Taking inspiration from the Emily Carr Museum House in Victoria, B.C., Joe designed his new house as a replica. Emily Carr (1871-1945) was a Canadian artist and writer whose works are revered as part of Canadian national identity and heritage. The Carr family home has been turned into a historic site with an interpretive center dedicated to her life, art and writings. Emily Carr made extensive trips to remote villages to record the life of First Nations peoples in paintings, and she is considered the first real Canadian artist.
Joe Miller must have admired and understood Emily Carr’s appreciation for wilderness areas and the lifestyle of native peoples who lived in harmony with nature. Emily Carr’s house also represented the importance of family, which was an important value to Joe Miller. Like Joe Miller, Emily Carr was a single person who remained close to her family all of her life, with a big house as a central gathering place. Emily Carr’s house was handed down as a legacy to the Canadian nation.
Building his own Emily Carr house was a hobby and Joe wasn’t concerned about finishing it within a certain time; the process was the important part. Joe built the house at a meticulous pace, expressing his love of craftsmanship and detail. Over the years beginning in 1991 when Joe started the project, Wedgwood neighbors thought of it as the “unfinished house,” but to Joe, it was the Handcrafted House.
In summers Joe hired his nephew Peter to work on the house with him, doing jobs which one person couldn’t do alone. Joe continued to take trips to the wilderness and his untimely death came in 2005 in a canoeing accident on Lewis Lake in Yellowstone. After Uncle Joe’s death, Peter Miller worked to finish the house and moved in with his young family in 2007.
The Miller house is characteristically Queen Anne in its shape which uses a wide front veranda, a projecting upper window and gable, dormers, and side polygonal bays to break up the surface so that there are few flat areas on the house. The Miller house has restrained decoration – no elaborate Victorian spindlework – but it does have Palladian (round-topped) windows on the front-facing second floor and dormers. Palladian windows, often used on Queen Anne houses in the Free Classic category, are references to the Venetian architect Andrea Palladio (1508-1580). Palladio’s work was based upon classical temple architecture of the Greeks and Romans, including symmetry and proportion.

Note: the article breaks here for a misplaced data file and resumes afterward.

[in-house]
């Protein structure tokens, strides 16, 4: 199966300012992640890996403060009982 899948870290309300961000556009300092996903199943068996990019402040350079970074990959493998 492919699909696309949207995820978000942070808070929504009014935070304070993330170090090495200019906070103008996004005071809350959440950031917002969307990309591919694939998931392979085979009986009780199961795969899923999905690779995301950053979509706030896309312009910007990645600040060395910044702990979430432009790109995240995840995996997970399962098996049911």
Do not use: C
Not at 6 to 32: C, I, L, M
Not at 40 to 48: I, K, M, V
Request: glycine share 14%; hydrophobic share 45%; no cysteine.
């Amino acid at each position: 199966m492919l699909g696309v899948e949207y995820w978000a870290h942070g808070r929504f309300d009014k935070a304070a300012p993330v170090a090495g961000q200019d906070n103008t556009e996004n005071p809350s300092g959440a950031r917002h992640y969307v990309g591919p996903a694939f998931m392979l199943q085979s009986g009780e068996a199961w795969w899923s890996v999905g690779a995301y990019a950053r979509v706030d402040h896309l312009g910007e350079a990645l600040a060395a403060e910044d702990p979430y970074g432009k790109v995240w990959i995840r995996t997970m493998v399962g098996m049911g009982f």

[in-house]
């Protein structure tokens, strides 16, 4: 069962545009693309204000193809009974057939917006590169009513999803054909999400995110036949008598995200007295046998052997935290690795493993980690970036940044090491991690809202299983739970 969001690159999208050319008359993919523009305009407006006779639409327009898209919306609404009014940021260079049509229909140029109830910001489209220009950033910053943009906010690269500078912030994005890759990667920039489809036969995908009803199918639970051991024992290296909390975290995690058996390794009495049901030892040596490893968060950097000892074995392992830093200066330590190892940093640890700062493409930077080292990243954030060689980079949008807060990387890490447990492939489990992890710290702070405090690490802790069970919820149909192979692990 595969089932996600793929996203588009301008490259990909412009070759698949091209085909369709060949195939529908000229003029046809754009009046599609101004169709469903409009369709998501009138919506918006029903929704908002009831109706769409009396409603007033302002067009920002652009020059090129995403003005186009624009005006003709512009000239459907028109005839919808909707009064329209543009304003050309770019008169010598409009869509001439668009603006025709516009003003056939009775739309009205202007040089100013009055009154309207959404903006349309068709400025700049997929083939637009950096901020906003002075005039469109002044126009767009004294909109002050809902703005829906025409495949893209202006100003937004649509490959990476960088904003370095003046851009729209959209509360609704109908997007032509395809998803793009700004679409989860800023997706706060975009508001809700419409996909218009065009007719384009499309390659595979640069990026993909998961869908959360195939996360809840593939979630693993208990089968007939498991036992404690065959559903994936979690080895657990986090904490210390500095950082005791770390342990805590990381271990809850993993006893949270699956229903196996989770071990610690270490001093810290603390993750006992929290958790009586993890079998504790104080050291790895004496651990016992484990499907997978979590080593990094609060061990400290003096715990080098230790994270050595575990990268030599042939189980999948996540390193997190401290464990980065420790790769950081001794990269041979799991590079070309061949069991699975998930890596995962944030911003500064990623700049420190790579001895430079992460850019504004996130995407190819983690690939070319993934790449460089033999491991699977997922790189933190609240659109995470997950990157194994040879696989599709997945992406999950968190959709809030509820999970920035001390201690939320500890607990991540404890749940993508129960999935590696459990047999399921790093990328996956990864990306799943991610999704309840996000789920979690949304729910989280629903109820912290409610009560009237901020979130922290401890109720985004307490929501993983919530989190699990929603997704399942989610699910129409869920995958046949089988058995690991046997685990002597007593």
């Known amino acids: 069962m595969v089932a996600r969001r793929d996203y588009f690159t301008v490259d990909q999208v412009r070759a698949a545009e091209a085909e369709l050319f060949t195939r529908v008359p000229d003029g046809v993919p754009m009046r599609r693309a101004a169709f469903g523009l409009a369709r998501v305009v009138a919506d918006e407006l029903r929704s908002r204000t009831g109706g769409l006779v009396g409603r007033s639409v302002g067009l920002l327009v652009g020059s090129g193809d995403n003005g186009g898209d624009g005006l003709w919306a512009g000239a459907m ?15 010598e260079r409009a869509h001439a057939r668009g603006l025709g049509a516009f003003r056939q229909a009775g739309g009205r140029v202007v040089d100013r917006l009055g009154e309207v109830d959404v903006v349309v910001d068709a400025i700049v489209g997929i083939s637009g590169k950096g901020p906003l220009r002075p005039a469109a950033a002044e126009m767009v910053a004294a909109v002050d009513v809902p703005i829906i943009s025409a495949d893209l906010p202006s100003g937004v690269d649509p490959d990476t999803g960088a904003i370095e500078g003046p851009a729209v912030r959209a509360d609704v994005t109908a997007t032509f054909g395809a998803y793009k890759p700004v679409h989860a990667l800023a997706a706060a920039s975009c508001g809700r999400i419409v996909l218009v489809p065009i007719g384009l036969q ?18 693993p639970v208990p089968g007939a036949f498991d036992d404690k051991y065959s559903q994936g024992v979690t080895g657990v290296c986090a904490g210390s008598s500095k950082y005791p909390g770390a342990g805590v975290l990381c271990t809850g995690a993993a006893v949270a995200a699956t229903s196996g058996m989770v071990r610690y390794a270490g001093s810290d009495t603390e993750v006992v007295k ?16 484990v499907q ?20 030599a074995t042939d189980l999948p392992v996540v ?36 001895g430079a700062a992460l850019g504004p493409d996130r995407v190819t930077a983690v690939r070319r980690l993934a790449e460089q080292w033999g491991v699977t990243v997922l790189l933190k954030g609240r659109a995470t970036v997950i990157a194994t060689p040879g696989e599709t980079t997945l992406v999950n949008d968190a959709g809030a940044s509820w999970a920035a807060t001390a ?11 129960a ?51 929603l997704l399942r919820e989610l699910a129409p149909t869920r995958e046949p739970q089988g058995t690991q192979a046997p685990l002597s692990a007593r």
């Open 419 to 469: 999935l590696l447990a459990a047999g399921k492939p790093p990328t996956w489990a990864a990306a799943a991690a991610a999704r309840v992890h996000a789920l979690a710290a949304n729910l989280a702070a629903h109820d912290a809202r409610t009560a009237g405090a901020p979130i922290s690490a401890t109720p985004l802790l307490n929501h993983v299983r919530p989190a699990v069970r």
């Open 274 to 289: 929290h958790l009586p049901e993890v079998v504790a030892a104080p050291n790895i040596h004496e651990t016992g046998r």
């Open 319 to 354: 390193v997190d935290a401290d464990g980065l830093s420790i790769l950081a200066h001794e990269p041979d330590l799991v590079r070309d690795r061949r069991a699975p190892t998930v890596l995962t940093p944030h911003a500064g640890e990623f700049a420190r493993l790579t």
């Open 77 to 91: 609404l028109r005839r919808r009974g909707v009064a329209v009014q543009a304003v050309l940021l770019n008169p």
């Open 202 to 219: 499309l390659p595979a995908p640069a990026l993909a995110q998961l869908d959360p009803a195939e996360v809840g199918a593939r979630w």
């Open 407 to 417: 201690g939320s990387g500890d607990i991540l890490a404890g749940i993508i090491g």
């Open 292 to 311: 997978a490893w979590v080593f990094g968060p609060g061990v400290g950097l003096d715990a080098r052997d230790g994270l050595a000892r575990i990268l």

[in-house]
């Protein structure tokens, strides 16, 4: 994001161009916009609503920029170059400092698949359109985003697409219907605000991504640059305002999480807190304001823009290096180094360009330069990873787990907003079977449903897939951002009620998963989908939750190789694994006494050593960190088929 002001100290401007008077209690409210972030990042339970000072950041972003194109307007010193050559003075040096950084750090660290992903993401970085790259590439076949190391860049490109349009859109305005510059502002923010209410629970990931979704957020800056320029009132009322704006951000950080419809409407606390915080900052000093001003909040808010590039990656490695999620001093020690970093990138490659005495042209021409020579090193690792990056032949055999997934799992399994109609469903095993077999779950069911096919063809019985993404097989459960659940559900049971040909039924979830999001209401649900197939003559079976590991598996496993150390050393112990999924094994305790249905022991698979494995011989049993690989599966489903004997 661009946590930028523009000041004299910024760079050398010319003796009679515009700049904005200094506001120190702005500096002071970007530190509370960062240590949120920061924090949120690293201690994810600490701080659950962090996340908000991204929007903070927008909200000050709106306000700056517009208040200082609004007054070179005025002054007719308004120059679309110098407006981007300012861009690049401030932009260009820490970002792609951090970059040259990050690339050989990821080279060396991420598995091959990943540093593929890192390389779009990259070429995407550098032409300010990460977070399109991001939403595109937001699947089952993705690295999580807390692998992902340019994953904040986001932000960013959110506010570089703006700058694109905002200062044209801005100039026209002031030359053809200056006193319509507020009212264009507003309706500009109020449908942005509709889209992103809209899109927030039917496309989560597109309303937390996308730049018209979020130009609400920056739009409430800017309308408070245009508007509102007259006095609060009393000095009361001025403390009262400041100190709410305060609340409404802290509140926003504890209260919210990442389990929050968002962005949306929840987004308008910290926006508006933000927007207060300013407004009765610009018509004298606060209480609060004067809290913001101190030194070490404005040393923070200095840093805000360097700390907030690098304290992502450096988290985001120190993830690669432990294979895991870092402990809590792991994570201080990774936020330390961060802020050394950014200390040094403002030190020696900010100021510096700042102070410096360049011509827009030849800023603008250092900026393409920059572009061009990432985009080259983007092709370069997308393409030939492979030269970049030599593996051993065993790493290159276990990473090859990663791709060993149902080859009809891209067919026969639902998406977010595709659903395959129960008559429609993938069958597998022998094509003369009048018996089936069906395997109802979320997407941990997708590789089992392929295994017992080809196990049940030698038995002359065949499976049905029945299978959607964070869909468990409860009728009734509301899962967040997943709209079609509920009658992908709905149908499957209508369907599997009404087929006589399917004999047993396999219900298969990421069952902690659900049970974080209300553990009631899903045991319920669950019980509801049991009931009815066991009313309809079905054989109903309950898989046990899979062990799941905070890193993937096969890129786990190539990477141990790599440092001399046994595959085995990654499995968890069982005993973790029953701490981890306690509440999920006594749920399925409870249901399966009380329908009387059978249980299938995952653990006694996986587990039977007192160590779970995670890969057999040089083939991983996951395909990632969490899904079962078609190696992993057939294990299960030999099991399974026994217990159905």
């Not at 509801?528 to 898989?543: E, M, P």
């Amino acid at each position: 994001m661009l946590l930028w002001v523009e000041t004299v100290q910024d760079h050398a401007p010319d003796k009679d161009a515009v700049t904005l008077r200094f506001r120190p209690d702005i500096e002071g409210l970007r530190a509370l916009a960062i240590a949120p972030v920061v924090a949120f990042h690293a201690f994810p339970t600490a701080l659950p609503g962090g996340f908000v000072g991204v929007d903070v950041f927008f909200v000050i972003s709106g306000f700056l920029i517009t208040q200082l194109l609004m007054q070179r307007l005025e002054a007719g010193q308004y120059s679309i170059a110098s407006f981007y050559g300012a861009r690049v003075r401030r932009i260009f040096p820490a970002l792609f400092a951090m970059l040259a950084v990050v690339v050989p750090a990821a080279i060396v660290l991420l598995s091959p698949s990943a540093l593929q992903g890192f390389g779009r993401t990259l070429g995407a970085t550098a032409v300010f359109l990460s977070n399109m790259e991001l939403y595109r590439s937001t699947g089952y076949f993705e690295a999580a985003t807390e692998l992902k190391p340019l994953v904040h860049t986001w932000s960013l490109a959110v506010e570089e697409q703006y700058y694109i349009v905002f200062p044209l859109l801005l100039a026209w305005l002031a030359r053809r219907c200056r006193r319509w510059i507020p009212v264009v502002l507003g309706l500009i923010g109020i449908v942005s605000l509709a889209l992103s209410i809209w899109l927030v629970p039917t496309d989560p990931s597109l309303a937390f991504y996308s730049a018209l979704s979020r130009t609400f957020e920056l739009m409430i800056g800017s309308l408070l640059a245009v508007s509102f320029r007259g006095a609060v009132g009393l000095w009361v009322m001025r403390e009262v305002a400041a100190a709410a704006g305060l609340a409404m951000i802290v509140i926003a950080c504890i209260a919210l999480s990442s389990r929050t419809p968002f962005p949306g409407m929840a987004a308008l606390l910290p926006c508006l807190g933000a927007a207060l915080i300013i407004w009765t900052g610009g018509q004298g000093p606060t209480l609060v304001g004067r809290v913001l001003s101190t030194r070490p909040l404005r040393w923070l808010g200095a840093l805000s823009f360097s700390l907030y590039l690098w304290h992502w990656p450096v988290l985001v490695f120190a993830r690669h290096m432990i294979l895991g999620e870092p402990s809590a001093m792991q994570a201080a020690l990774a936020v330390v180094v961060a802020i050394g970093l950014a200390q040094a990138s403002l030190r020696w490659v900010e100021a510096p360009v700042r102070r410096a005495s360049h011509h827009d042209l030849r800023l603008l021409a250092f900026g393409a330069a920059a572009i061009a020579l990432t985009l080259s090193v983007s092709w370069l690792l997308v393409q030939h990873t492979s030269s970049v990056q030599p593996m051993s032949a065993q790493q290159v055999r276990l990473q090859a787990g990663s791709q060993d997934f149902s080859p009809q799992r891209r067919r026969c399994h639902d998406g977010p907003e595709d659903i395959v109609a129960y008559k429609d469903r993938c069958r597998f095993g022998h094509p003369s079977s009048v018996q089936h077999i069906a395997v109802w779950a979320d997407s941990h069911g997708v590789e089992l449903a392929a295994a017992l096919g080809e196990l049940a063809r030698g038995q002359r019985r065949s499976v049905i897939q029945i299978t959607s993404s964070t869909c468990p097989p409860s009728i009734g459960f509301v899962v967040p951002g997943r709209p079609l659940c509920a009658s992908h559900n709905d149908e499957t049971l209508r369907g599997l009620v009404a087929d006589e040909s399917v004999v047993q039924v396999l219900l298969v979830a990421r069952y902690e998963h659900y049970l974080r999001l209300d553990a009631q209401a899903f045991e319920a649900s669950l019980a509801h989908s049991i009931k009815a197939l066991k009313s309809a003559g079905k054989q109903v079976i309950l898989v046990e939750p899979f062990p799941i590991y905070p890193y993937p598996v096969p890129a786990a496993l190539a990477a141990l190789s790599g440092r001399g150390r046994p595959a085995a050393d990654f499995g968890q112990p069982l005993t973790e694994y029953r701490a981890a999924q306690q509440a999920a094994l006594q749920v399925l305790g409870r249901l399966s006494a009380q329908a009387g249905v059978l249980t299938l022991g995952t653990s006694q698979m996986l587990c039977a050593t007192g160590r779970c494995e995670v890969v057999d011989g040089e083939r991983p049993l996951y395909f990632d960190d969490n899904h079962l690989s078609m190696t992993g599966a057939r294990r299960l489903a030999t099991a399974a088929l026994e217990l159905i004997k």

Palladianism became very popular during the American revolutionary period of the 1770s as the style harkened to the values of Greek democracy. Thomas Jefferson’s house, Monticello, and the White House itself were constructed on Palladian architectural principles. In his replica of the Emily Carr house, Joe Miller included its symmetrical form, front projecting gable, and second-story Palladian windows.
Joe Miller’s Handcrafted House expresses the warm memories of Uncle Joe’s craftsmanship and love of beauty. The Miller house is unique as Wedgwood’s only Victorian-Queen Anne-style house.
About.com Architecture: “Queen Anne Architecture in the USA.”
Emily Carr House info, Victoria, British Columbia.
A Field Guide to American Houses, Virginia & Lee McAlester, 1992.
HistoryLink Essay #3414, Seattle Neighborhoods: Queen Anne Hill – Thumbnail History, by David Wilma, June 28, 2001.
Interview with Peter Miller, November 11, 2007.